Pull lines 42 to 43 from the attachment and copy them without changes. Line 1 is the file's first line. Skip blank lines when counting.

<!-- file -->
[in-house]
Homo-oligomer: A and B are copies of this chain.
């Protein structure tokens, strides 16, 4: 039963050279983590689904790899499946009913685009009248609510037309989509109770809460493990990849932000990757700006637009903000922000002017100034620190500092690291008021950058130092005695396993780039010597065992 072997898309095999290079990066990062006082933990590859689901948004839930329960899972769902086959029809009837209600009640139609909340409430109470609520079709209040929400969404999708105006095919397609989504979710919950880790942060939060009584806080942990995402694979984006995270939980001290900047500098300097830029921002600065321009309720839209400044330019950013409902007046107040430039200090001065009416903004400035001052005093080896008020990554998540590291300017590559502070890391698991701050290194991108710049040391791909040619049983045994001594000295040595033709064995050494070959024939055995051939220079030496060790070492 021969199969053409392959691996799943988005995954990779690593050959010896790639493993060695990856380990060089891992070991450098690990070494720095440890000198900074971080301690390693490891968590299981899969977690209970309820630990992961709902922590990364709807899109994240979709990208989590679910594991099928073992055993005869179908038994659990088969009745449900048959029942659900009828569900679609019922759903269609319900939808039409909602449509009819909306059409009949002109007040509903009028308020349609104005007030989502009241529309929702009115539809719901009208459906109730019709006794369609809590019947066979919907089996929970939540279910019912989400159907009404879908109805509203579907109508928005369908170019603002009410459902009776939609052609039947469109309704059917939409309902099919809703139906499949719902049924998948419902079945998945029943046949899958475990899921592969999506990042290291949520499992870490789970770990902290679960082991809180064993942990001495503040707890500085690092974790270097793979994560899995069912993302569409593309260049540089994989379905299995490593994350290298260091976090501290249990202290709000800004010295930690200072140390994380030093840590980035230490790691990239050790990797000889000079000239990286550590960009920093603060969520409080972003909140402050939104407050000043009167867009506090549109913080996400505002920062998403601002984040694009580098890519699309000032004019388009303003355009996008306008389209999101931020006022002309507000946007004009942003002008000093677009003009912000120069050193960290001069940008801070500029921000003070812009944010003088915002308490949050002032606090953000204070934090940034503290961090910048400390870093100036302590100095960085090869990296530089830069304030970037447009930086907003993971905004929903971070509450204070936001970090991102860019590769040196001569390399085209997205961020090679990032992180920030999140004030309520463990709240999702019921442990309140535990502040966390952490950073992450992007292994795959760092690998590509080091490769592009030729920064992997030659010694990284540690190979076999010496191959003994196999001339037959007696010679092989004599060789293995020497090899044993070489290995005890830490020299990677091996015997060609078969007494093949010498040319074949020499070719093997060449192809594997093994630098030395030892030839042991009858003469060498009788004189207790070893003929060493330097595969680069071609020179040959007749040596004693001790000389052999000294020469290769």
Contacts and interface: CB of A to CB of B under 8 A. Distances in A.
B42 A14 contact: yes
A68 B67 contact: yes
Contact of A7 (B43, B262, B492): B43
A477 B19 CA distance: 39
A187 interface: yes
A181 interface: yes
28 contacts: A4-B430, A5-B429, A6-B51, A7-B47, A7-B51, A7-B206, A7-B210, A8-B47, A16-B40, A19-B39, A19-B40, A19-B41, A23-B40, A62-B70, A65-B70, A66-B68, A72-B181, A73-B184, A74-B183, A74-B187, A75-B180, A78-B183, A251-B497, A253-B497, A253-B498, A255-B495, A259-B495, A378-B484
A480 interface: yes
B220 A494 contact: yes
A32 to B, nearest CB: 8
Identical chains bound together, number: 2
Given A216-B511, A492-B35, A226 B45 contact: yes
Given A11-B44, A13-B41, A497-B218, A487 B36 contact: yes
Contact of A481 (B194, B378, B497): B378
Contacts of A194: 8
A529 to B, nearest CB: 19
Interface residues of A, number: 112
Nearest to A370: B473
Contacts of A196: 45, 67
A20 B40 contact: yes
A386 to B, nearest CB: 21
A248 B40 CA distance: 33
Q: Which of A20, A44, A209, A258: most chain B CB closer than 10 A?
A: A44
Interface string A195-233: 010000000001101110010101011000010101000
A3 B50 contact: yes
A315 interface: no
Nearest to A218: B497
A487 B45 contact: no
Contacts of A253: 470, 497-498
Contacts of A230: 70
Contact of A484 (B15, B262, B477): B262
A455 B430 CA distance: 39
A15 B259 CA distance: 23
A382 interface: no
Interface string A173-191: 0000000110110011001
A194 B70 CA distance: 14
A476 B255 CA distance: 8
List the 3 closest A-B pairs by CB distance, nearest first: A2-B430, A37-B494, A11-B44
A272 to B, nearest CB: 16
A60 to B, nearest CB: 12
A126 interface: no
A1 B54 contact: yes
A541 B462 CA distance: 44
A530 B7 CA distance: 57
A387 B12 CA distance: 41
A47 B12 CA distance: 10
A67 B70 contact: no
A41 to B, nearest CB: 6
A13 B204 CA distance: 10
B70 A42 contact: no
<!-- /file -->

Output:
A476 B255 CA distance: 8
List the 3 closest A-B pairs by CB distance, nearest first: A2-B430, A37-B494, A11-B44